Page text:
Apotex v Eli Lilly, 2017 ONSC 224

In this Ontario Superior Court (“ONSC”) decision, Apotex Inc. (“Apotex”), sought compensation from Eli Lilly and Company Limited (“Eli Lilly”) for damages suffered for delayed entry to the market for its generic version of olanzapine, Apo-olanzapine. [6]

Background: PM(NOC) Proceedings

Eli Lilly had successfully obtained an order prohibiting the Minister of Health (“the Minister”) from issuing an approval to Apotex for its generic until the expiry of the olanzapine patent. [4]

However, during the same time period, Eli Lilly was in Patented Medicines (Notice of Compliance) (“PM(NOC)”) proceedings with another generic manufacturer, Novopharm Limited (“Novopharm”), in which the validity of Eli Lilly’s patent was brought into question. Eli Lilly was unable to demonstrate that Novopharm’s allegation of invalidity was not justified. [5]

Analysis: Claims under Statutes of Monopolies and Trade-marks Act Allowed to Proceed

In light of Eli Lilly’s failure to defend its patent against the allegation of invalidity, Apotex claimed treble damages under the Ontario Statute of Monopolies and the English Statute of Monopolies, damages under section 8 of the PM(NOC) Regulations, damages under section 53.2 of the Trade-marks Act, and damages at law. [6]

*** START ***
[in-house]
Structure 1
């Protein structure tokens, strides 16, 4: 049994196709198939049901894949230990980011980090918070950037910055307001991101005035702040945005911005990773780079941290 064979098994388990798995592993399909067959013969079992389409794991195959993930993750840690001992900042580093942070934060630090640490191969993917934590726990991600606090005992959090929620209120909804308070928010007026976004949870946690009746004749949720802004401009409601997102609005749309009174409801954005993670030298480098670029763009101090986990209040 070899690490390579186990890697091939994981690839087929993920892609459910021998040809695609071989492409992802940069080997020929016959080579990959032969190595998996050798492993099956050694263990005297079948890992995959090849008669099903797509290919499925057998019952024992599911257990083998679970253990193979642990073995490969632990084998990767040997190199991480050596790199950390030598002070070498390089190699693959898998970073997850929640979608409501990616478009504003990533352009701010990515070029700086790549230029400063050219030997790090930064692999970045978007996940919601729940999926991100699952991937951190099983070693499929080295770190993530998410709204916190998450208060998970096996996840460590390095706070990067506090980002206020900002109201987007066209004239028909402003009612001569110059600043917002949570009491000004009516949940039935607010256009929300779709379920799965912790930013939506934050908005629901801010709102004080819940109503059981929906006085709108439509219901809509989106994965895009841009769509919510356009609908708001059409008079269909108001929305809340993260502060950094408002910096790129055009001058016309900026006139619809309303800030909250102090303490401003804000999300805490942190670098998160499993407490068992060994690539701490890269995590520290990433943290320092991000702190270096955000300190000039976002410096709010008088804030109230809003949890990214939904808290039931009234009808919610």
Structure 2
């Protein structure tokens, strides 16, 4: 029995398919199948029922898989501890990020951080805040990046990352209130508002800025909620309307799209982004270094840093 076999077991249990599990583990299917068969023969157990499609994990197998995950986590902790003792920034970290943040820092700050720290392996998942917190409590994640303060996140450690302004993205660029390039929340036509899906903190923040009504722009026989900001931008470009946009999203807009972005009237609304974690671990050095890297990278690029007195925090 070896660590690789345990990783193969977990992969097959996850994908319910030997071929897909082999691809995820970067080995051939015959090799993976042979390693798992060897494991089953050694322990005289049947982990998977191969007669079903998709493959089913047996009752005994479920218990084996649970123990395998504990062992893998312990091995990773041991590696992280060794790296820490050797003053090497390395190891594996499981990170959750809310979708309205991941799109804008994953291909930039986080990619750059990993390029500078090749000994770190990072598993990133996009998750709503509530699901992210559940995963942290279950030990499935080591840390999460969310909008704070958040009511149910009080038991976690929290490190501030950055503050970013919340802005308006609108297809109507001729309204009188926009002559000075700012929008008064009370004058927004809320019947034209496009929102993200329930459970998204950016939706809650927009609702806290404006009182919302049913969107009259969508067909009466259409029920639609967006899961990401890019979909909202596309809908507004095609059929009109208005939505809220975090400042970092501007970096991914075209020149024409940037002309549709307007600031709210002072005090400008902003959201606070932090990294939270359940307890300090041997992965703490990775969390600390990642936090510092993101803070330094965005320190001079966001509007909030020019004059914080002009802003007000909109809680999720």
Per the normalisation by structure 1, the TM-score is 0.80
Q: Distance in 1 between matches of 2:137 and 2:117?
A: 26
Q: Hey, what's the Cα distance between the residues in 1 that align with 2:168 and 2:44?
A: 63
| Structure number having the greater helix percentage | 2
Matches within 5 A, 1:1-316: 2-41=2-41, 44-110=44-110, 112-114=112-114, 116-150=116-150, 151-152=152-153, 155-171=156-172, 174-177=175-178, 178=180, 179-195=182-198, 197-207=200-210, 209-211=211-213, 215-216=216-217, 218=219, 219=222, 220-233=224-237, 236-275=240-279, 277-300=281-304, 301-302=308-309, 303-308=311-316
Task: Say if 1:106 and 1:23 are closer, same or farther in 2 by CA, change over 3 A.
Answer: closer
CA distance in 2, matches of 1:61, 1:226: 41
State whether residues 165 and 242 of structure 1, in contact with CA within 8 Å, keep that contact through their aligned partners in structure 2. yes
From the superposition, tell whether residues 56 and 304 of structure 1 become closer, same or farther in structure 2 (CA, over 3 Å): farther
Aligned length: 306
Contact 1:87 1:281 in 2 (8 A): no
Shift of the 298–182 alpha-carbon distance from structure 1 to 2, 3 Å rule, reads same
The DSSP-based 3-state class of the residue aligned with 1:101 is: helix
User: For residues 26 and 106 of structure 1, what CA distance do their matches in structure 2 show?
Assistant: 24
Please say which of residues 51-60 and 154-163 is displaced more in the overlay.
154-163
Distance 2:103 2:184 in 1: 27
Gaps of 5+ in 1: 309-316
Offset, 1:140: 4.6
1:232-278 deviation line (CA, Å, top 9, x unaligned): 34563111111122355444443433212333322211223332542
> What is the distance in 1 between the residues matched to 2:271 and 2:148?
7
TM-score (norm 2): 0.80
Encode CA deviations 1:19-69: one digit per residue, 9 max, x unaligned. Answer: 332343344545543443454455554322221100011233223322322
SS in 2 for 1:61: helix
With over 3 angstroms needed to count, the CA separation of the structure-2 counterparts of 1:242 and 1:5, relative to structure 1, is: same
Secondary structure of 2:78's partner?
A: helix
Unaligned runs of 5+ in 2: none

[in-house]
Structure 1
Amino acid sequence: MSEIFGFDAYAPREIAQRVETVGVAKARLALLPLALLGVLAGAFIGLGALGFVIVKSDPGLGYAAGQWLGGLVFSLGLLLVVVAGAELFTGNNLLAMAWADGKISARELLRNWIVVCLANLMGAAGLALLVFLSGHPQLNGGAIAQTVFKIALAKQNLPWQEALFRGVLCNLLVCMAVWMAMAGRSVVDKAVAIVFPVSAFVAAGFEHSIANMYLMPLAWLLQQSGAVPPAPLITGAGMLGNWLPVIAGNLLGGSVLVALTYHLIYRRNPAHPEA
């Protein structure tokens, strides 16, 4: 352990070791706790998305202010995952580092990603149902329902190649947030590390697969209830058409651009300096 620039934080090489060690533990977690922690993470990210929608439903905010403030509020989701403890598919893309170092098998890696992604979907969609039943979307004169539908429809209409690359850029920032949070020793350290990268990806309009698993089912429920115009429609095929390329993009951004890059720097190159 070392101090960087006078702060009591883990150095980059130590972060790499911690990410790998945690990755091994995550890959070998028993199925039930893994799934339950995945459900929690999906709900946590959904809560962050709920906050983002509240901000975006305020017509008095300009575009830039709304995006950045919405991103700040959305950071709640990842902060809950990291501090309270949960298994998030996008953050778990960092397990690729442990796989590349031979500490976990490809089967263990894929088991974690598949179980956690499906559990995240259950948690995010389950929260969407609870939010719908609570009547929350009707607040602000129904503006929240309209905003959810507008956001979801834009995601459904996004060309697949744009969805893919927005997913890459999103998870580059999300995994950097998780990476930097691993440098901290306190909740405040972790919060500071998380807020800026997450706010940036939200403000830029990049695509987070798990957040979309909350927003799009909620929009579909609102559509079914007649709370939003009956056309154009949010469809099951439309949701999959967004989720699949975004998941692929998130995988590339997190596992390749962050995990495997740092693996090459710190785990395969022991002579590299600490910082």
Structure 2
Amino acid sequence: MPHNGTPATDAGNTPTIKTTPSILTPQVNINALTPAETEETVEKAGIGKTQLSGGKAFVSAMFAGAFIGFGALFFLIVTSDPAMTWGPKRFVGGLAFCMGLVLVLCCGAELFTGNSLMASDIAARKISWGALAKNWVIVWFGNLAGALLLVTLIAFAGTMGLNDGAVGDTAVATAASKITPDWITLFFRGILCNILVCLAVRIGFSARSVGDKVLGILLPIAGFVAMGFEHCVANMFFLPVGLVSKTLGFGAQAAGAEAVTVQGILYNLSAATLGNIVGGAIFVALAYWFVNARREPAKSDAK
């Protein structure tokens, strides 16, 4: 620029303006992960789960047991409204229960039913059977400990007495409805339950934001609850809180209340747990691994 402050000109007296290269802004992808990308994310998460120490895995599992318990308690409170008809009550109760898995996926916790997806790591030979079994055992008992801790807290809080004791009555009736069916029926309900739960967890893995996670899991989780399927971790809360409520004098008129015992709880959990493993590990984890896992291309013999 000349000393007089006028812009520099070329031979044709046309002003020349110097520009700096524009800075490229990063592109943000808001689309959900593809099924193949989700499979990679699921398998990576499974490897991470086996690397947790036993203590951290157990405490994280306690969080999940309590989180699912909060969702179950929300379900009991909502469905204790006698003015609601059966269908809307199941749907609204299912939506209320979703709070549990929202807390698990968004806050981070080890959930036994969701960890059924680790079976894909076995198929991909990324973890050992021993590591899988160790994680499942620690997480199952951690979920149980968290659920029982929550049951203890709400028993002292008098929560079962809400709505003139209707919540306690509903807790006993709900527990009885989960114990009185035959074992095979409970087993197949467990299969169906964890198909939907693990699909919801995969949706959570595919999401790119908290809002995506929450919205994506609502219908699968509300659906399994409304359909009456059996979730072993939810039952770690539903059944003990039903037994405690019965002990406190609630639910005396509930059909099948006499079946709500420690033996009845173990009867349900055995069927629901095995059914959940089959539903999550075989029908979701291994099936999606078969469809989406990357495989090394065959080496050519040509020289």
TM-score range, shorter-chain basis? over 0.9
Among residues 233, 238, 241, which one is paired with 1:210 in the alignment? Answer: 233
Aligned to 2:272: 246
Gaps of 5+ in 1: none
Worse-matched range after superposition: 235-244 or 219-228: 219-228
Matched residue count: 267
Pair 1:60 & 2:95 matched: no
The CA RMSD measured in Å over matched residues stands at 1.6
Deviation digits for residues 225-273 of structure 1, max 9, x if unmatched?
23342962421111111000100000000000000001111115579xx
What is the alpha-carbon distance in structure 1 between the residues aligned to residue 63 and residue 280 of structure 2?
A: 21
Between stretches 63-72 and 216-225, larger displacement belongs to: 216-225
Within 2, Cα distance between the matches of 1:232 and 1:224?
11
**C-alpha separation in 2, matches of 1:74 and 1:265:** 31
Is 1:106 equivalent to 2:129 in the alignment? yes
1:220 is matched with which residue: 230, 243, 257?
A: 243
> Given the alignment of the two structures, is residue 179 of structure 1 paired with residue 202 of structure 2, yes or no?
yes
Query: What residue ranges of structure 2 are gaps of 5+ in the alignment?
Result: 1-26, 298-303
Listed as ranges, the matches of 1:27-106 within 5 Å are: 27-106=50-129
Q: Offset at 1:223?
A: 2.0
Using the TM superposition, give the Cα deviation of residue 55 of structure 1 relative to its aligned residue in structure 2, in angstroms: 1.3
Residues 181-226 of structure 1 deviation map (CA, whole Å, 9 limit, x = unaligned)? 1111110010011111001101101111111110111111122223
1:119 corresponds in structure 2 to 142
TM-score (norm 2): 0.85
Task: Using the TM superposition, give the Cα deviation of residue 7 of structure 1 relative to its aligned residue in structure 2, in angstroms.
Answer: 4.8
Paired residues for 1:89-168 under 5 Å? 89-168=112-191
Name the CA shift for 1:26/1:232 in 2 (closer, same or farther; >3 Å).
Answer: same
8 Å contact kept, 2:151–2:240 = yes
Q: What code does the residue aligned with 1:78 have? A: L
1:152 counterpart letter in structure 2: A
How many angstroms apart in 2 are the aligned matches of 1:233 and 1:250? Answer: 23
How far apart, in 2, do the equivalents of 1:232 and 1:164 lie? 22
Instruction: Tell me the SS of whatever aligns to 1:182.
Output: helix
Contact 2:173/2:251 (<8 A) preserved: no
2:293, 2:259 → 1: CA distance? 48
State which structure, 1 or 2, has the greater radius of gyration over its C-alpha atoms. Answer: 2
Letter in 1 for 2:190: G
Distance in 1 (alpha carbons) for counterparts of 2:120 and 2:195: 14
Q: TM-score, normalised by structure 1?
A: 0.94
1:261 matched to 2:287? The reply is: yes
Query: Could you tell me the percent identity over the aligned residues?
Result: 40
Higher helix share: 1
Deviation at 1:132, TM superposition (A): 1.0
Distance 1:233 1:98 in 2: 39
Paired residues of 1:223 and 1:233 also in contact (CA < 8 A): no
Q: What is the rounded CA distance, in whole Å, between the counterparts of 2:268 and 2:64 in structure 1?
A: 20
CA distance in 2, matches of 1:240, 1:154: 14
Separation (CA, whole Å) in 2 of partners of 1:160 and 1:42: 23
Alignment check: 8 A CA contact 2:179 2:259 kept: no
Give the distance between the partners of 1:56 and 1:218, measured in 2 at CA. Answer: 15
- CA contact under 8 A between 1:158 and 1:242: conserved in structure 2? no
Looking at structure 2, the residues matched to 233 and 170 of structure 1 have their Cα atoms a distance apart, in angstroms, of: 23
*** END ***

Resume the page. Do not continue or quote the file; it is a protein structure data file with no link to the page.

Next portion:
Eli Lilly was scheduled to bring a motion to strike the entirety of Apotex’s claim, however, they abandoned the motion on the day of the hearing after their request for an adjournment was dismissed. [9]. Eli Lilly’s abandonment of its motion is curious, but appears to have been influenced by a recent decision (Apotex Inc v Eli Lilly and Company et al, 2015 ONSC 5396) which found that “it was not ‘plain and obvious’ that an action based on the Ontario Statute of Monopolies and the English Statute of Monopolies could not succeed,” [7] and another recent decision (Apotex Inc v Schering Corporation, 2016 ONSC 3407) which found that “ it was not plain and obvious that a claim under sections 7(d) and 53.2 of the Trade-marks Act had no chance of success despite the argument that the right to compensation under section 8 of the Regulation creates a ‘complete code’ for compensation.” [7]

The ONSC undertook a brief analysis of the Rules of Civil Procedure, [10] offers to settle, [13] bills of costs [15-24] and other matters relevant to costs, [34-36] and ordered Eli Lilly to pay Apotex a total of $20,000.00. [37]